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Console Input

Now that we have a basic understanding of streams, let's see how we can get user input from the console window. In this example we will be using System.in, which is an instance of the InputStream class and is normally connected to the keyboard. However, to make use of the InputStream, we need to create a BufferedReader so that we can read lines of input from the console window. Let's now look at a complete example to see how we can get console input from the user.

Code Listing 6-1: Console input
import java.io.*;
public class ConsoleInputExample
{
 public ConsoleInputExample()
 {
 BufferedReader keyboard = new BufferedReader(new
 InputStreamReader(System.in));
 String inputStr = new String();
 System.out.println("Type something and press enter...");
 System.out.println("Type \"quit\" to exit");
 try
 {
 while(!(inputStr=keyboard.readLine()).equalsIgnoreCase
 ("quit"))
 {
 System.out.println("You typed in: "+inputStr);
 }
 }
 catch(IOException e)
 {
 System.out.println(e);
 }
 }
 public static void main(String args[])
 {
 ConsoleInputExample mainApp = new ConsoleInputExample();
 }
}


Java End example

When we execute the example console app and then type in some sample data (each followed by the Enter key), we can see that it will look like the following figure.

Java Click To expand
Screenshot-1: Console input example

Our console app basically takes a line of input from the user, stores it in a string, and finally outputs it back to the console. The only special case is if the user types in "quit," in which case the app terminates. Let's now look at the code and see how it works. First we include the java.io.* package so we have access to all the input classes (such as the BufferedReader). Next we create a BufferedReader object, which we create by first creating an InputStreamReader, passing in our System.in stream as a parameter to its constructor. This can be seen in the following code:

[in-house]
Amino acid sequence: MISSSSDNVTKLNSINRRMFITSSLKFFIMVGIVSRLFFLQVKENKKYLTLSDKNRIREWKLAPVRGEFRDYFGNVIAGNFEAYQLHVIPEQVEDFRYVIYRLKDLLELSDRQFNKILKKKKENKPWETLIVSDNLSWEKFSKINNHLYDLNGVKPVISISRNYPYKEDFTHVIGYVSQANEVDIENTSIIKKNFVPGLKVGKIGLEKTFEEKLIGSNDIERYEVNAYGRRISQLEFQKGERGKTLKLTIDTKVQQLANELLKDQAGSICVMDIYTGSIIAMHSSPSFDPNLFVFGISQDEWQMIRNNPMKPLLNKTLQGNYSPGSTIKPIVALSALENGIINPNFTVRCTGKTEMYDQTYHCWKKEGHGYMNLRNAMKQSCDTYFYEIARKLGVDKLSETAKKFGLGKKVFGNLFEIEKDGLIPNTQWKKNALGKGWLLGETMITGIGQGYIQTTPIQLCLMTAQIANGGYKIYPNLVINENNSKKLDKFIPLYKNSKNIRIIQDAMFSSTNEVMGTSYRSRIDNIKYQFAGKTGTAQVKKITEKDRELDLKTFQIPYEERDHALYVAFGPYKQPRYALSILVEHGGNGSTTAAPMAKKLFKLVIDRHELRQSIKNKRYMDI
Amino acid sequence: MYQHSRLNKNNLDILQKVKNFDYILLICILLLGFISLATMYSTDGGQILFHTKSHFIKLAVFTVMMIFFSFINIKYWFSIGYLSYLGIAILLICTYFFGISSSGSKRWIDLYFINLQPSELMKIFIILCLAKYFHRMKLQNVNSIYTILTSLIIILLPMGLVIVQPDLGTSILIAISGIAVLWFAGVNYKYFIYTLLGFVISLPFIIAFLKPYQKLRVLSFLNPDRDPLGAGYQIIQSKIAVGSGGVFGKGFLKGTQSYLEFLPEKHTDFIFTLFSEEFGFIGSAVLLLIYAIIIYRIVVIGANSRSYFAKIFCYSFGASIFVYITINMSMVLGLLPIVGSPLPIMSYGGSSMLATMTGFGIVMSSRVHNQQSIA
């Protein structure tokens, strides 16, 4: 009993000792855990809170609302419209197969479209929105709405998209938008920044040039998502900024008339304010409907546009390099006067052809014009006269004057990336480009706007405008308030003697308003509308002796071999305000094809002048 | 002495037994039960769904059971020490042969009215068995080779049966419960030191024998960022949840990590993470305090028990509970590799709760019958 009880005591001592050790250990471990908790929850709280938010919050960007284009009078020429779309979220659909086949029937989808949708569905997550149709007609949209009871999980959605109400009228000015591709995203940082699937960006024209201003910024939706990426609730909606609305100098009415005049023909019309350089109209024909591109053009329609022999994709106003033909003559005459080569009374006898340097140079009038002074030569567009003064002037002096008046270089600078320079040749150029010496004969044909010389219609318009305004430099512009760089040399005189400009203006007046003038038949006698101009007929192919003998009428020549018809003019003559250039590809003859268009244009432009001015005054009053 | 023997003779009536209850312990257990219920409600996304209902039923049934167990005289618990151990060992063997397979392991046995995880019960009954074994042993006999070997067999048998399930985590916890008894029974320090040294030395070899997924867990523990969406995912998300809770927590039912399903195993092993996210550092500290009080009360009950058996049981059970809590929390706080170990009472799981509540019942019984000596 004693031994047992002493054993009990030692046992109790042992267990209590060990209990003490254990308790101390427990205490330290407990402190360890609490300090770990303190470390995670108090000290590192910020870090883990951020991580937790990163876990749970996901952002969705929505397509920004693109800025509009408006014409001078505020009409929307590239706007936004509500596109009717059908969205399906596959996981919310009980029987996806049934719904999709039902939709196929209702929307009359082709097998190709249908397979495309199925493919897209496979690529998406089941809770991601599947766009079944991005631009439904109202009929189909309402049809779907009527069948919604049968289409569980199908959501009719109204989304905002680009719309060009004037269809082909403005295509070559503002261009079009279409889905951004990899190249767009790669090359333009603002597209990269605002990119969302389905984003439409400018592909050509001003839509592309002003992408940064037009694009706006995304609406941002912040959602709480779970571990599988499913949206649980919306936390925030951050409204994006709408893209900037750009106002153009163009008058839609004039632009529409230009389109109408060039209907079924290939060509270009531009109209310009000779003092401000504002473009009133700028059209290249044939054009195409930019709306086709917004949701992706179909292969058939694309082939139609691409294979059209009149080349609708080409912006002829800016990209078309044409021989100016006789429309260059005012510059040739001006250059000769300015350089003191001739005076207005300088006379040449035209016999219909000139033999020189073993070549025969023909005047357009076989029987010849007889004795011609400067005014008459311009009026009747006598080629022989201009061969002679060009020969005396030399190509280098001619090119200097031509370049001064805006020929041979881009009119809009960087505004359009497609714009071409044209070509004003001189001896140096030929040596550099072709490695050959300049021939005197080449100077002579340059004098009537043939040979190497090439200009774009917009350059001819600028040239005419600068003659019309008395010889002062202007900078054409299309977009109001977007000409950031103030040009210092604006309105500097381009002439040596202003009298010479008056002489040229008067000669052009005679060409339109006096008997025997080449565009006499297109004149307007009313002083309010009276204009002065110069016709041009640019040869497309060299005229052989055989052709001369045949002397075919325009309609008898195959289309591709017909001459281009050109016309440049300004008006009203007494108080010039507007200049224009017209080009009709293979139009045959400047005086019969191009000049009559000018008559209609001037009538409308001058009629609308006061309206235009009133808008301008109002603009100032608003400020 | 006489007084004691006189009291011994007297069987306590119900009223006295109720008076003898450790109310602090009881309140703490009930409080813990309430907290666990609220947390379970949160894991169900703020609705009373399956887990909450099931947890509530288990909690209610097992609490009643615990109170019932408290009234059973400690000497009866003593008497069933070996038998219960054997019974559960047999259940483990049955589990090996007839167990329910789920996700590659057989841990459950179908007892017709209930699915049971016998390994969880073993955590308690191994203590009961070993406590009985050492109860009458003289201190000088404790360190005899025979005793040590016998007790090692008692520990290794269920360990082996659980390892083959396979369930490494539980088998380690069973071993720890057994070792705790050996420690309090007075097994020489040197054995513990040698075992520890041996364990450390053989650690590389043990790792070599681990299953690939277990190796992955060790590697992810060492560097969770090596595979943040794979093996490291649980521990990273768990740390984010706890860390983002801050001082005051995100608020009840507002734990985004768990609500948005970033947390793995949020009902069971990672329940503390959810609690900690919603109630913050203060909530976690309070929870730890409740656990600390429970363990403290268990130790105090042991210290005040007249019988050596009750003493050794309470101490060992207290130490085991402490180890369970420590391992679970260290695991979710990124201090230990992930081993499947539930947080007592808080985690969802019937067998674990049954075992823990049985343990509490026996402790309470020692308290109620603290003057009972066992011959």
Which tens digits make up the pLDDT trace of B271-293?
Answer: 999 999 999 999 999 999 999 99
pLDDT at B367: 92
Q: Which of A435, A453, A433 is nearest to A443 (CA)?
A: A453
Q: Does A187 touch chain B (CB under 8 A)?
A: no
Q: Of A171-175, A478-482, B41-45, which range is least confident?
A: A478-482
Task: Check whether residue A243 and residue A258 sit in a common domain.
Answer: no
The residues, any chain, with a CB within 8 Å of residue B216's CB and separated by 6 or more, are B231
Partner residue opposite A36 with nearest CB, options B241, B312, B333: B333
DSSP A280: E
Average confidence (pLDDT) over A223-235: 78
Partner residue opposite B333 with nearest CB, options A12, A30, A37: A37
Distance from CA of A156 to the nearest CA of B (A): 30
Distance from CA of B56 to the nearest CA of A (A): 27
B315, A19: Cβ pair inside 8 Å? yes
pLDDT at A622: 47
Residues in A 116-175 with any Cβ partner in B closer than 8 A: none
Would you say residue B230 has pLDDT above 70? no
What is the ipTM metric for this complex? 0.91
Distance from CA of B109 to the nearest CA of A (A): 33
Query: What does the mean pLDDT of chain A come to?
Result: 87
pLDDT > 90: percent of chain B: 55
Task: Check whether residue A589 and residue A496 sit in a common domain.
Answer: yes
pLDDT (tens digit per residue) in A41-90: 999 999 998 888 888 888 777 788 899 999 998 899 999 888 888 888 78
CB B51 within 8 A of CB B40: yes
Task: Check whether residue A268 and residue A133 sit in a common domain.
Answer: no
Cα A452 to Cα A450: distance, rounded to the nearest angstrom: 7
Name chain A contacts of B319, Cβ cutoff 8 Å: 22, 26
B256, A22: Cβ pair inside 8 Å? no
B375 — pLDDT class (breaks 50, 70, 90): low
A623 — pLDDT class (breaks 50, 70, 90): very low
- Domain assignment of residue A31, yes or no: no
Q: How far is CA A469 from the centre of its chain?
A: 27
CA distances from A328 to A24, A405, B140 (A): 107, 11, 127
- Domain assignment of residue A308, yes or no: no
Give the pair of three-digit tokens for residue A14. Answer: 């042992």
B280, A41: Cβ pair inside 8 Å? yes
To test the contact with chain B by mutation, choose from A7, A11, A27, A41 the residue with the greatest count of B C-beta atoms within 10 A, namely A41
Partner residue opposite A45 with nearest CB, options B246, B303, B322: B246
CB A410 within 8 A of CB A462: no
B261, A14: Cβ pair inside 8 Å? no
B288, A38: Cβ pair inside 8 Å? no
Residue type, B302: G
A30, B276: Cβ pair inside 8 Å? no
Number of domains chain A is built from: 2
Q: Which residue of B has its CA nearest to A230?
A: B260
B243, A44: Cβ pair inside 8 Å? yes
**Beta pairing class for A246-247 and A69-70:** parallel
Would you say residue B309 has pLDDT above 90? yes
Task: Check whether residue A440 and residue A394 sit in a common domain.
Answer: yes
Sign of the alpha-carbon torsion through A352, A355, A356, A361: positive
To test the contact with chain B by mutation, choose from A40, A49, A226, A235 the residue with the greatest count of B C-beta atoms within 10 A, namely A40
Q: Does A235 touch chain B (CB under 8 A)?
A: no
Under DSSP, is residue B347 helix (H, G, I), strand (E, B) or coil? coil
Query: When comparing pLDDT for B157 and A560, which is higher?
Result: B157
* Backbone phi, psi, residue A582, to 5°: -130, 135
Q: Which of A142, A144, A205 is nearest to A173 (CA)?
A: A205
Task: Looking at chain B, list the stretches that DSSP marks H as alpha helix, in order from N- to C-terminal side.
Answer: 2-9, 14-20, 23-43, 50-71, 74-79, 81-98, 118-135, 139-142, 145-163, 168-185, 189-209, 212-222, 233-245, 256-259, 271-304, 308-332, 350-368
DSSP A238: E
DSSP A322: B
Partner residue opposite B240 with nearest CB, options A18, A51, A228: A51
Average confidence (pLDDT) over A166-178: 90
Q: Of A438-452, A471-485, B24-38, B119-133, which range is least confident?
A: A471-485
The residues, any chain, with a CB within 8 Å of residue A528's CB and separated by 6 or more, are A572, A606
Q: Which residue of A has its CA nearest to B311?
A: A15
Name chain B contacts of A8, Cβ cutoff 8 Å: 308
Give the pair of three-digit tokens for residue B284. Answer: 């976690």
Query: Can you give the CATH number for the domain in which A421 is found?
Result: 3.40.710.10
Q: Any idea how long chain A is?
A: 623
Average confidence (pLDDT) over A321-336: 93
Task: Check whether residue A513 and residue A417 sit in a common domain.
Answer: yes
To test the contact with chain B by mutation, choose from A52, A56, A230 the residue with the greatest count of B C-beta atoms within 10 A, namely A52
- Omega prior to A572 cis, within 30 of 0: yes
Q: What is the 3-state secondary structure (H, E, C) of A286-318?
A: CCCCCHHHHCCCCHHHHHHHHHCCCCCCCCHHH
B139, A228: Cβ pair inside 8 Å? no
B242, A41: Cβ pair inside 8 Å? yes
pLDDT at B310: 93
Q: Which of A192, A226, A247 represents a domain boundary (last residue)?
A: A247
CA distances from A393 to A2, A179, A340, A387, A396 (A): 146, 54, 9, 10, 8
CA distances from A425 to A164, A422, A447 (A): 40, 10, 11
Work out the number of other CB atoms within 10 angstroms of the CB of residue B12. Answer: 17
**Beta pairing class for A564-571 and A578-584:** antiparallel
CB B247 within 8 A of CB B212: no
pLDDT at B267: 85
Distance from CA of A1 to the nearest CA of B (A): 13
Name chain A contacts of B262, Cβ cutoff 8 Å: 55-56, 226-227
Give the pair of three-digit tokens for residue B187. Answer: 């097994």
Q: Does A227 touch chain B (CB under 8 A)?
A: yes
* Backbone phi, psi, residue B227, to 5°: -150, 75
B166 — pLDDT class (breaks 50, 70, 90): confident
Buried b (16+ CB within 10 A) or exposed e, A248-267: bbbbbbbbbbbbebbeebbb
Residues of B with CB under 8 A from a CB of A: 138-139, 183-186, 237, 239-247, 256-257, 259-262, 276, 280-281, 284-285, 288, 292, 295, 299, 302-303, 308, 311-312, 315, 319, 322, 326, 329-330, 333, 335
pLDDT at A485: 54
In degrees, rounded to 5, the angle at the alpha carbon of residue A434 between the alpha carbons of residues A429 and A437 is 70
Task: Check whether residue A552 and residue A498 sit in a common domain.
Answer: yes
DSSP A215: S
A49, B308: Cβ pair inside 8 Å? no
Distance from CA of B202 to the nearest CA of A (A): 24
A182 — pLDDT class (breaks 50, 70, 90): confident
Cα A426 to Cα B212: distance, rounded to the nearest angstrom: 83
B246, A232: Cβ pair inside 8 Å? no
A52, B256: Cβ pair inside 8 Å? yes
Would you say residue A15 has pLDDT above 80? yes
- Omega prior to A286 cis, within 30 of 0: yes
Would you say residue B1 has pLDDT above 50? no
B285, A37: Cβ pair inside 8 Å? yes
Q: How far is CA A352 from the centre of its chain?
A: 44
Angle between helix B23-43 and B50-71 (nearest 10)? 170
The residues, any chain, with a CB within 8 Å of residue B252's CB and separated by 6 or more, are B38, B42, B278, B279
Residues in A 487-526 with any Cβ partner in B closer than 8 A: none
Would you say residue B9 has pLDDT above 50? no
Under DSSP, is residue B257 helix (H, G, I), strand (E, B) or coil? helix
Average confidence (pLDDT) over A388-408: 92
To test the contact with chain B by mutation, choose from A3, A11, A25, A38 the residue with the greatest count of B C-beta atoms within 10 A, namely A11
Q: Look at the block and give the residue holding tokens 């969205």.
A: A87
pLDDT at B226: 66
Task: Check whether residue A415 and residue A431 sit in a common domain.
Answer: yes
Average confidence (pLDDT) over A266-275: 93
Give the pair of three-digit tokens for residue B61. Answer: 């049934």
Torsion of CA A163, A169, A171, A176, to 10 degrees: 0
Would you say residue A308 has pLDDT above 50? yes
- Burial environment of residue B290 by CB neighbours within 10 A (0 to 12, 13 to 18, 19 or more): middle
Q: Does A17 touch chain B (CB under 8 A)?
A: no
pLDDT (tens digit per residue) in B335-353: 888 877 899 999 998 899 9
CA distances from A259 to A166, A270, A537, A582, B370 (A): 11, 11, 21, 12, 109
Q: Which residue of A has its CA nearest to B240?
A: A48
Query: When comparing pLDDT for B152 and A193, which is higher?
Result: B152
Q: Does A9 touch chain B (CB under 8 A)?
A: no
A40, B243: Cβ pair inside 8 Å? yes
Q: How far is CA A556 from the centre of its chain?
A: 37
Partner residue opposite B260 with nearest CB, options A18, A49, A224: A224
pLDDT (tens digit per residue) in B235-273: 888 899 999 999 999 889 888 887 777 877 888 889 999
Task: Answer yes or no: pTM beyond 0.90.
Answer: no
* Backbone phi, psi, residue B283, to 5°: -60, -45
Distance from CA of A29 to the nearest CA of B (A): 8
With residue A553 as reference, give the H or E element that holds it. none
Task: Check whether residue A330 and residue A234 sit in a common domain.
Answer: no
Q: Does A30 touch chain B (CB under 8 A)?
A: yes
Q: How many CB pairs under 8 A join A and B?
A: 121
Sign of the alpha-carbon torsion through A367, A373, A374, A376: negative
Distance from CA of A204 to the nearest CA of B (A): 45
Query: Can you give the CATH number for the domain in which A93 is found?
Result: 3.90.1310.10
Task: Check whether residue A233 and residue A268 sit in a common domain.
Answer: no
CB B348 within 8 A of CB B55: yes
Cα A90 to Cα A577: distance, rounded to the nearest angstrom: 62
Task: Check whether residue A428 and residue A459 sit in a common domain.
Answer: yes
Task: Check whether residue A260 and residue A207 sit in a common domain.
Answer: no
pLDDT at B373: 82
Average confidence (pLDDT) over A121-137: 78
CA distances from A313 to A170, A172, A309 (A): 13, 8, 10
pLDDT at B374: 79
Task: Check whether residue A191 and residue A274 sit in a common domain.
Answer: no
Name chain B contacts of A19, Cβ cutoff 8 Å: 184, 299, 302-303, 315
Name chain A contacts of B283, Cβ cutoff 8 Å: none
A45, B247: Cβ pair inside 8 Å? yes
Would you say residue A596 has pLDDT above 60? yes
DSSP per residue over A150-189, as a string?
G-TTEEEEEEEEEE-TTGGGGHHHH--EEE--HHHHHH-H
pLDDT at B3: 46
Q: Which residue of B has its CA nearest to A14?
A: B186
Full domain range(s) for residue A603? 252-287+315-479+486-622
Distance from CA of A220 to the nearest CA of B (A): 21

BufferedReader keyboard = new BufferedReader(new
 InputStreamReader(System.in));


Once we have our BufferedReader object, which we have called keyboard, we then create a string called inputStr so we can store the data we read in. Next, we create a while loop and then attempt to read a line of input from our keyboard object. Basically, this will wait until the user presses the Enter key, and then it will get all the characters that were pressed before the Enter key and store them in the inputStr string. Notice also how we check if the string is equal to the string quit (ignoring case). This is simply to allow the code to quit out of the program.

 while(!(inputStr=keyboard.readLine()).equalsIgnoreCase("quit"))


This code might look a little strange, but it is quite straightforward. We first call the readLine method of the keyboard object, which blocks (waits) until the user enters the data and presses the Enter key. Once this is done, the entered string is assigned to inputStr, which is then the value used to compare with the string literal quit for testing if the while loop terminates or not. If the user did not enter quit, simply output what the user entered. All we are left to do now is catch the possible I/O exception and finish the while loop. Catching the exception can be seen here:

catch(IOException e)
{
 System.out.println(e);
}


The IOException exception is the base of all exceptions relating to problems with input and output. You will encounter this exception a lot, notably later on in the tutorial when we utilize streams for networking in , "Introduction to Networking."